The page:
Is Plastic an Insulator and What Does It Do?

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Plastics are insulators.

Plastics are man-made polymers that form flexible substances which can be shaped or moulded. Some synthetic polymers have been designed to serve as electrical conductors and have high conductivity. Most plastics, however, are both thermal and electrical insulators, meaning they show high resistance to electrical current and are poor conductors of heat.


Plastics are generally organic polymers, meaning they consist of carbon, hydrogen and often a couple other elements (chlorine in PVC, oxygen and nitrogen in nylon, and so forth). The long chains of atoms in plastics pack together well to form a flexible solid, so they can be molded into lots of different shapes. Some plastics are thermosetting, meaning you can only mold them once, whereas others are thermoplastics that can be heated then remolded multiple times.

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Electrical Conductivity

Metals are excellent conductors of electricity, largely because electrons in the metal are only loosely bound by their respective atoms and thus will readily flow under the influence of an external electric field. Plastics are very different. All the electrons in plastics are tightly bound by their respective molecules and it would take a lot of energy to remove them. Consequently, most plastics are insulators that do not conduct electric current (or do so only poorly).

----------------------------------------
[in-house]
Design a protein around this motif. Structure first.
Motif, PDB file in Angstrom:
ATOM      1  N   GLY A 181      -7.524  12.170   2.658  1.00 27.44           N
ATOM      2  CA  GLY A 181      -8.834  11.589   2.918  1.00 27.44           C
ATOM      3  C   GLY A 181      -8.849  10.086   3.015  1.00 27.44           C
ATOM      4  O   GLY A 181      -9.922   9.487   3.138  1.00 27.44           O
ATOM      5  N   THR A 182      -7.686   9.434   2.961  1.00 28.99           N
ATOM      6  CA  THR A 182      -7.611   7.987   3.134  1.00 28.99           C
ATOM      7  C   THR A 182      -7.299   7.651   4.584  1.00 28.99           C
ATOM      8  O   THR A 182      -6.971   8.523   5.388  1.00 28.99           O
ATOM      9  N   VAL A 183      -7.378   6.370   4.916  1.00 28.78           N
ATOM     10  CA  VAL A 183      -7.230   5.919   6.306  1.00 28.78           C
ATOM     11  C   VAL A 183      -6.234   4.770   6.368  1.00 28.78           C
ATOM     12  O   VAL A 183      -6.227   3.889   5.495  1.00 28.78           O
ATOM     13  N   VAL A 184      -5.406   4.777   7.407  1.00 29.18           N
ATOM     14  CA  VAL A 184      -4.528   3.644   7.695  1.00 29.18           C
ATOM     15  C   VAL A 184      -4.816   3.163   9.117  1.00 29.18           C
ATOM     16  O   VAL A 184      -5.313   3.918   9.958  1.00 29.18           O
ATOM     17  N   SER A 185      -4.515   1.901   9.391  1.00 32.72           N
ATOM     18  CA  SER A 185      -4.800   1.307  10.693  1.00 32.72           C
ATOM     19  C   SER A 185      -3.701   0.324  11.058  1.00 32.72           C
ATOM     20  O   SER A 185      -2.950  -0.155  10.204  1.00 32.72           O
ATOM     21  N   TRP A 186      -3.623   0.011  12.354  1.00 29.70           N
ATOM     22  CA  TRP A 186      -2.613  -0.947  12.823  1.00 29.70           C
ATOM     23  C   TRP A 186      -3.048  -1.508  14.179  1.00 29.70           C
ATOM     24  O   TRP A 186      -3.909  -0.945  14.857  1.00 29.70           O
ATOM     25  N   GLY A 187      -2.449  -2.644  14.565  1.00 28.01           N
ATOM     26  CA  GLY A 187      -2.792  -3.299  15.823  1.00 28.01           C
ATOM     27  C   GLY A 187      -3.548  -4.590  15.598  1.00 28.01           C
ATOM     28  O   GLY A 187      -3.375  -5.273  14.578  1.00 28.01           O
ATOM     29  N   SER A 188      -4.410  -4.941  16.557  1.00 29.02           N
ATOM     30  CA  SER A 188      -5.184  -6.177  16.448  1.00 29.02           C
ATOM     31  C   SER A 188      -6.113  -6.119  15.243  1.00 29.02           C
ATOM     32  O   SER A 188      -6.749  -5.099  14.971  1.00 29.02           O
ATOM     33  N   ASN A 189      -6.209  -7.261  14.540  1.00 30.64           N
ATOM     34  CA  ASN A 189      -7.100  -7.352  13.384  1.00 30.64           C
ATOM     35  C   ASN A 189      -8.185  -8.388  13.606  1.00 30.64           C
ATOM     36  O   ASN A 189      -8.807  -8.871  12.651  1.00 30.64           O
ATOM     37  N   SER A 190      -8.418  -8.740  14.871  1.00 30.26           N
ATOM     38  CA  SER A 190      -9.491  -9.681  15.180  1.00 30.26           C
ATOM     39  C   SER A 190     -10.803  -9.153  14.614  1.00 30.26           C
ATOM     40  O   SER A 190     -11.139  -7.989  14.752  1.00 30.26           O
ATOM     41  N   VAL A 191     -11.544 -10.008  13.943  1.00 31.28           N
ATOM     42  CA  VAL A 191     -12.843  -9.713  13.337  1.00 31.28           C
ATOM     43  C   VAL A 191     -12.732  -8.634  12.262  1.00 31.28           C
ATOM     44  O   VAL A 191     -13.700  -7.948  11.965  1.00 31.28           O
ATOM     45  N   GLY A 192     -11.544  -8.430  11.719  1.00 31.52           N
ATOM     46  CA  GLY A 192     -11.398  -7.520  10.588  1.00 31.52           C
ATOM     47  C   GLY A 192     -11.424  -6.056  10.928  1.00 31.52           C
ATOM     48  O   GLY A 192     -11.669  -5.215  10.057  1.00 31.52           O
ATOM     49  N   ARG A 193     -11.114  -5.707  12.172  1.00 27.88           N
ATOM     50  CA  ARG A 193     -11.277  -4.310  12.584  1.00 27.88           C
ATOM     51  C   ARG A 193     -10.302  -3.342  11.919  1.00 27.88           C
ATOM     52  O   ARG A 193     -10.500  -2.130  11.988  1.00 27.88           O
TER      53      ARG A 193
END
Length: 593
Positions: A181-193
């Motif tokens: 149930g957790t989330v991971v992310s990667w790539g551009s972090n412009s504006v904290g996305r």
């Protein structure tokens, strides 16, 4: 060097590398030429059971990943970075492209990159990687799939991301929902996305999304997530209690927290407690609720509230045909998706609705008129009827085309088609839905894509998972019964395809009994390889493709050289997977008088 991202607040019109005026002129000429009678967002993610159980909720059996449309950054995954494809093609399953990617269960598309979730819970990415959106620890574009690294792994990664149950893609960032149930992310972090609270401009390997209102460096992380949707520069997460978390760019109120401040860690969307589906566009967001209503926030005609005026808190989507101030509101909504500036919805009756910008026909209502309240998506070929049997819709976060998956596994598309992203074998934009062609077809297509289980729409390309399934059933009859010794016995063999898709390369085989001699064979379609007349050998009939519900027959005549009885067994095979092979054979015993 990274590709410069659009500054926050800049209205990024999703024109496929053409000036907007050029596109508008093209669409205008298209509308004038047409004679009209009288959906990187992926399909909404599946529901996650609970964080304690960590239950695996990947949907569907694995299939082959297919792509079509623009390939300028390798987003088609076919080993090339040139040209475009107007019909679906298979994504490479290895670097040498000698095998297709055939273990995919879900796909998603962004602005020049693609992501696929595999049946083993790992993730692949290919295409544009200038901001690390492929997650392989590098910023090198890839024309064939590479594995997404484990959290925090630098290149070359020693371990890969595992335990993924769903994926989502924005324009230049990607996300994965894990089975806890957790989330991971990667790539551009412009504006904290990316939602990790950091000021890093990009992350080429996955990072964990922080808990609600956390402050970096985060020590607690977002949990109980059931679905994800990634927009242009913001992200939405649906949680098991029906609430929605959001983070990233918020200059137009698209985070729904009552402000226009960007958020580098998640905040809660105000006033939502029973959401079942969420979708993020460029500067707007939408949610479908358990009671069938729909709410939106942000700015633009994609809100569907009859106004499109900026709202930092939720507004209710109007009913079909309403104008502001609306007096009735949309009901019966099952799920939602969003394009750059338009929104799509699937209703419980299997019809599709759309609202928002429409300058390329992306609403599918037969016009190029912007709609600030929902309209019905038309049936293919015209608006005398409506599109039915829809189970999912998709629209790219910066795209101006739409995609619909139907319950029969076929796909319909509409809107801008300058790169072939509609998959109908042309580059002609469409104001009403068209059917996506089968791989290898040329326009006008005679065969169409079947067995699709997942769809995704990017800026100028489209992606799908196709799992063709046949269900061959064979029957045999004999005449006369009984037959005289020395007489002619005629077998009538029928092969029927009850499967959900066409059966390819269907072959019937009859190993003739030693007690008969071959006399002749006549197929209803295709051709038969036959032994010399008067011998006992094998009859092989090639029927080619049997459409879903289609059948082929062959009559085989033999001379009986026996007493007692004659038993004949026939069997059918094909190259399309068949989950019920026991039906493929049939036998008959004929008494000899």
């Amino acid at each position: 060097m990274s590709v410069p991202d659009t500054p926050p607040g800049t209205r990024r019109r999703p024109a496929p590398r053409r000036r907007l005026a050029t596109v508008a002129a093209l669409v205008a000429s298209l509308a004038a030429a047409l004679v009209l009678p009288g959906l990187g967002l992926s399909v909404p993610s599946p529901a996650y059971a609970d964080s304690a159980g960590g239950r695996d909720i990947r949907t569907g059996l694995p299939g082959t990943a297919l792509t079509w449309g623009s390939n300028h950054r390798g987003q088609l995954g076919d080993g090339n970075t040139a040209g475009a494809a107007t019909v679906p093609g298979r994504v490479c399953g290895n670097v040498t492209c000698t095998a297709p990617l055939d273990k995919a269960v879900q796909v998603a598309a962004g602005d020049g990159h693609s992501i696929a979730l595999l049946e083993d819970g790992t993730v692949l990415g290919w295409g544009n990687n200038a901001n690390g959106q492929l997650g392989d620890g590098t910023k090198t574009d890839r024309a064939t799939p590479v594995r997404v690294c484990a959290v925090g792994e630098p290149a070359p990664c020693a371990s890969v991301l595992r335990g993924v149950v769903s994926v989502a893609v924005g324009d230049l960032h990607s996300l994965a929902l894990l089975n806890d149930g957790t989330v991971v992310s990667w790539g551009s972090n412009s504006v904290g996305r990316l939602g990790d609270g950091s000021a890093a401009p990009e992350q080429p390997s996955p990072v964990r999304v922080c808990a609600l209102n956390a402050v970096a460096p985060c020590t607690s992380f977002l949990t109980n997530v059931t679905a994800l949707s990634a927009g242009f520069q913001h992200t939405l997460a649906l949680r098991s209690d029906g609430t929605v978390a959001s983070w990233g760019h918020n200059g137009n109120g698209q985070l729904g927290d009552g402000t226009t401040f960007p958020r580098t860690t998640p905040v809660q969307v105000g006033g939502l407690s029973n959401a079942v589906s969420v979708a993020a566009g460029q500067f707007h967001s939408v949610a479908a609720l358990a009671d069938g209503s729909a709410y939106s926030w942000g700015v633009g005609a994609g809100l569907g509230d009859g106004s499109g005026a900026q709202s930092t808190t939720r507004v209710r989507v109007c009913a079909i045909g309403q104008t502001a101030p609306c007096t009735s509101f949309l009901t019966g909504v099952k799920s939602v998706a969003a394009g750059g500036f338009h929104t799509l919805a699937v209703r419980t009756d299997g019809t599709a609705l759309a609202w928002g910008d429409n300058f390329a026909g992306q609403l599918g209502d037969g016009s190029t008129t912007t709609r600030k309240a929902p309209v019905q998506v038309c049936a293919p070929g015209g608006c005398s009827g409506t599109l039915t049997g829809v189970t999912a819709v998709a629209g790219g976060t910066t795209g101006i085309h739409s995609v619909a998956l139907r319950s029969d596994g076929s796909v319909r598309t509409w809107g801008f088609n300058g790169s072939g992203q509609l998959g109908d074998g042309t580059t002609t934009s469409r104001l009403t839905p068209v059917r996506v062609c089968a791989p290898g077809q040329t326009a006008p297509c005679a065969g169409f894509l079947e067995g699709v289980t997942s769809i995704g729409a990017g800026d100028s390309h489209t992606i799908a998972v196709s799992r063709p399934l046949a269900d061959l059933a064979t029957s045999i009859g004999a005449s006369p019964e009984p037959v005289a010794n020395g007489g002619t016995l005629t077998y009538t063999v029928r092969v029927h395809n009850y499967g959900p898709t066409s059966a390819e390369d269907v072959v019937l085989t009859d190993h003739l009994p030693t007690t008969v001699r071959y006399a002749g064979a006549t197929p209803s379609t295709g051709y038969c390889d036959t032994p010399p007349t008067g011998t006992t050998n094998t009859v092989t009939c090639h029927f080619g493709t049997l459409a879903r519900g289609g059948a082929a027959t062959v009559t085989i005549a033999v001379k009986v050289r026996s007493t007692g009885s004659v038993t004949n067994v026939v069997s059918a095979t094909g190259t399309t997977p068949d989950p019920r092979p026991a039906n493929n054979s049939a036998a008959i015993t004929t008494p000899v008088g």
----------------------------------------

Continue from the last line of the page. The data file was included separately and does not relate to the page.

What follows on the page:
Thermal Conductivity

The same structural features that help make metals good conductors of electricity also make them good conductors of heat -- the electrons are much more free to move and can spread the thermal energy around. In a plastic, by contrast, thermal energy must be transferred by vibrating molecules colliding with each other, so the process is much slower. Most plastics are not good conductors of heat. Making "foam" from plastic can also improve its properties as a thermal insulator. Styrofoam, for example, is an excellent thermal insulator because it contains a great deal of air trapped by the polystyrene.


Many plastics find use as thermal insulators -- in vinyl sidings, for example, or in the Styrofoam beverage cups used to hold hot coffee. Plastic's properties as an electrical insulator also make it useful for wrapping wires -- electrical tape, for instance, is typically made from a kind of plastic called vinyl. In recent years, however, some plastics have been deliberately designed to serve as electrical conductors -- polyacetylene and polypyrrole being just two examples.


John Brennan

Based in San Diego, John Brennan has been writing about science and the environment since 2006. His articles have appeared in "Plenty," "San Diego Reader," "Santa Barbara Independent" and "East Bay Monthly." Brennan holds a Bachelor of Science in biology from the University of California, San Diego.